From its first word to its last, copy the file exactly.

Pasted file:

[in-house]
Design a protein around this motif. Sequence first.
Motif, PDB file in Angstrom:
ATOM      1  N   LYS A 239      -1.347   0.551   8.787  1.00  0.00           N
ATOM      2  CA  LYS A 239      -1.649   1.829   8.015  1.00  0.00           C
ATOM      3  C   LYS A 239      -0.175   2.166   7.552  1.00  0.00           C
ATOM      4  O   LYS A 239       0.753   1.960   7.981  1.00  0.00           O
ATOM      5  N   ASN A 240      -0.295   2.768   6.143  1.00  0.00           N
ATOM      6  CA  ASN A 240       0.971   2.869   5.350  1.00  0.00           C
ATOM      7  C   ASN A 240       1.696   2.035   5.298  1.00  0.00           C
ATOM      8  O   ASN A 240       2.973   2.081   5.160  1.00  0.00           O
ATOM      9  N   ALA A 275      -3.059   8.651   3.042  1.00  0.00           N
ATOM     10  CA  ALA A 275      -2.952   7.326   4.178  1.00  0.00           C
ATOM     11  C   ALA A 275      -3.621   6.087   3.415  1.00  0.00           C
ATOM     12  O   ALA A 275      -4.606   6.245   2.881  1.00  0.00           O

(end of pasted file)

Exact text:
[in-house]
Design a protein around this motif. Sequence first.
Motif, PDB file in Angstrom:
ATOM      1  N   LYS A 239      -1.347   0.551   8.787  1.00  0.00           N
ATOM      2  CA  LYS A 239      -1.649   1.829   8.015  1.00  0.00           C
ATOM      3  C   LYS A 239      -0.175   2.166   7.552  1.00  0.00           C
ATOM      4  O   LYS A 239       0.753   1.960   7.981  1.00  0.00           O
ATOM      5  N   ASN A 240      -0.295   2.768   6.143  1.00  0.00           N
ATOM      6  CA  ASN A 240       0.971   2.869   5.350  1.00  0.00           C
ATOM      7  C   ASN A 240       1.696   2.035   5.298  1.00  0.00           C
ATOM      8  O   ASN A 240       2.973   2.081   5.160  1.00  0.00           O
ATOM      9  N   ALA A 275      -3.059   8.651   3.042  1.00  0.00           N
ATOM     10  CA  ALA A 275      -2.952   7.326   4.178  1.00  0.00           C
ATOM     11  C   ALA A 275      -3.621   6.087   3.415  1.00  0.00           C
ATOM     12  O   ALA A 275      -4.606   6.245   2.881  1.00  0.00           O